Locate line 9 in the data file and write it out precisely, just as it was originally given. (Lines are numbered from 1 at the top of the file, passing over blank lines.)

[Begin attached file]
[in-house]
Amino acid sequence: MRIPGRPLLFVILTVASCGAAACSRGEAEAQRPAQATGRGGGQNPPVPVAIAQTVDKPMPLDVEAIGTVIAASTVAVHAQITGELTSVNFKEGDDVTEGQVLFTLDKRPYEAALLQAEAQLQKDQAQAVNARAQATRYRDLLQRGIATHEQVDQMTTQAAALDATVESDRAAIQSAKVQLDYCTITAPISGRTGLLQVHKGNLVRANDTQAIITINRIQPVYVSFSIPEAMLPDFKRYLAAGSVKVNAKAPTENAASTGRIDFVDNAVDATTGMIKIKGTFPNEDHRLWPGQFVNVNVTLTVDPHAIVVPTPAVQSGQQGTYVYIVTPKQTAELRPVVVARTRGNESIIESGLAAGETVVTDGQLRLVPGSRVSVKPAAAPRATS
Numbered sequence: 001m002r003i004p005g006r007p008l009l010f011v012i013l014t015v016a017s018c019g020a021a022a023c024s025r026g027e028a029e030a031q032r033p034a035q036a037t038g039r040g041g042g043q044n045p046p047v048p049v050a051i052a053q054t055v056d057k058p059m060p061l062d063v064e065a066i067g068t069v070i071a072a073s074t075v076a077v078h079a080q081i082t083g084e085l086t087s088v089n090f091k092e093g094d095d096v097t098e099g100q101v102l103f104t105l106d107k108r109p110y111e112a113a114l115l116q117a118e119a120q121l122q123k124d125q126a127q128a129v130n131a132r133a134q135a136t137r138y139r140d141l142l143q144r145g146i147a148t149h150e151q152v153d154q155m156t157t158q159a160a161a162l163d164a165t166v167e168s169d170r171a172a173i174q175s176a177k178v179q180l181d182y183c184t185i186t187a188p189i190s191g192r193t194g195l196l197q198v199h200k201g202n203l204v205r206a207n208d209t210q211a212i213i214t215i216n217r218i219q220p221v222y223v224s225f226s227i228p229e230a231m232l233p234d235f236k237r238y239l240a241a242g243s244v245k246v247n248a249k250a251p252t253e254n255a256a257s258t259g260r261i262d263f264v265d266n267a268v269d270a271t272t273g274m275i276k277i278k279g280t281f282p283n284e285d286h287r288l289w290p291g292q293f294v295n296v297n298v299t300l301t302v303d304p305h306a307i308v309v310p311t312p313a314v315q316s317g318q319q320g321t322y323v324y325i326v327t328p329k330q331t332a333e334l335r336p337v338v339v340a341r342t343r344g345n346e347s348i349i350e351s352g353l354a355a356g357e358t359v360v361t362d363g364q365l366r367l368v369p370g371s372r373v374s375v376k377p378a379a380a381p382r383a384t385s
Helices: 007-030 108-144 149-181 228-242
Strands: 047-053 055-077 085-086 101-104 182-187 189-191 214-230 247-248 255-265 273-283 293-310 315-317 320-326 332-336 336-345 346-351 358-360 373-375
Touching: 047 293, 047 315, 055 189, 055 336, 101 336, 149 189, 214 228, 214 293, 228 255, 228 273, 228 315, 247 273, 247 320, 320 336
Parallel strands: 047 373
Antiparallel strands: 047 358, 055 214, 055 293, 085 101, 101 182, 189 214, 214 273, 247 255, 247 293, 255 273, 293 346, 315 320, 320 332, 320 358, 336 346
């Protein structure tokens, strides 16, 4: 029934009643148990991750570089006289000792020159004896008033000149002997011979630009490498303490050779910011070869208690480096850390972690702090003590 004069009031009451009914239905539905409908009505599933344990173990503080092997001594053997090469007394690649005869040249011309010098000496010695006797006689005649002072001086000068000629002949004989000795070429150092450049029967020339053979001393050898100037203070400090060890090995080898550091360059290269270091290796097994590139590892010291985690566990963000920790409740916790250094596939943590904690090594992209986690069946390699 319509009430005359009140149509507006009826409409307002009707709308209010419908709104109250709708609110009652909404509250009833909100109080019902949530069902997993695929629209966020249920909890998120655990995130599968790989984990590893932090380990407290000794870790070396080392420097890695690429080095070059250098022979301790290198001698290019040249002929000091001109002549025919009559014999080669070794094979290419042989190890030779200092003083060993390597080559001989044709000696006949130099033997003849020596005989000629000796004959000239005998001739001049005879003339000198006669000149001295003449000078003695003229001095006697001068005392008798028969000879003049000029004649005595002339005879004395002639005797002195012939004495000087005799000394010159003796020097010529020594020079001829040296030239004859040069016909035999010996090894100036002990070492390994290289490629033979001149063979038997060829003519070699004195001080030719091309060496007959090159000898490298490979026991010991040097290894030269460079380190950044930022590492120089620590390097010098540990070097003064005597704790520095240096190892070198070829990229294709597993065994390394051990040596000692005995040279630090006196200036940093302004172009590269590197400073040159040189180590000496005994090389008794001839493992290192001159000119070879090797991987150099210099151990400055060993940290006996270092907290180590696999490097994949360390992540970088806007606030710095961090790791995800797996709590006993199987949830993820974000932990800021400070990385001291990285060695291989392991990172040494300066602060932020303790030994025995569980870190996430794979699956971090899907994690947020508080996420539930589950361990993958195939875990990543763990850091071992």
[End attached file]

């Protein structure tokens, strides 16, 4: 029934009643148990991750570089006289000792020159004896008033000149002997011979630009490498303490050779910011070869208690480096850390972690702090003590 004069009031009451009914239905539905409908009505599933344990173990503080092997001594053997090469007394690649005869040249011309010098000496010695006797006689005649002072001086000068000629002949004989000795070429150092450049029967020339053979001393050898100037203070400090060890090995080898550091360059290269270091290796097994590139590892010291985690566990963000920790409740916790250094596939943590904690090594992209986690069946390699 319509009430005359009140149509507006009826409409307002009707709308209010419908709104109250709708609110009652909404509250009833909100109080019902949530069902997993695929629209966020249920909890998120655990995130599968790989984990590893932090380990407290000794870790070396080392420097890695690429080095070059250098022979301790290198001698290019040249002929000091001109002549025919009559014999080669070794094979290419042989190890030779200092003083060993390597080559001989044709000696006949130099033997003849020596005989000629000796004959000239005998001739001049005879003339000198006669000149001295003449000078003695003229001095006697001068005392008798028969000879003049000029004649005595002339005879004395002639005797002195012939004495000087005799000394010159003796020097010529020594020079001829040296030239004859040069016909035999010996090894100036002990070492390994290289490629033979001149063979038997060829003519070699004195001080030719091309060496007959090159000898490298490979026991010991040097290894030269460079380190950044930022590492120089620590390097010098540990070097003064005597704790520095240096190892070198070829990229294709597993065994390394051990040596000692005995040279630090006196200036940093302004172009590269590197400073040159040189180590000496005994090389008794001839493992290192001159000119070879090797991987150099210099151990400055060993940290006996270092907290180590696999490097994949360390992540970088806007606030710095961090790791995800797996709590006993199987949830993820974000932990800021400070990385001291990285060695291989392991990172040494300066602060932020303790030994025995569980870190996430794979699956971090899907994690947020508080996420539930589950361990993958195939875990990543763990850091071992």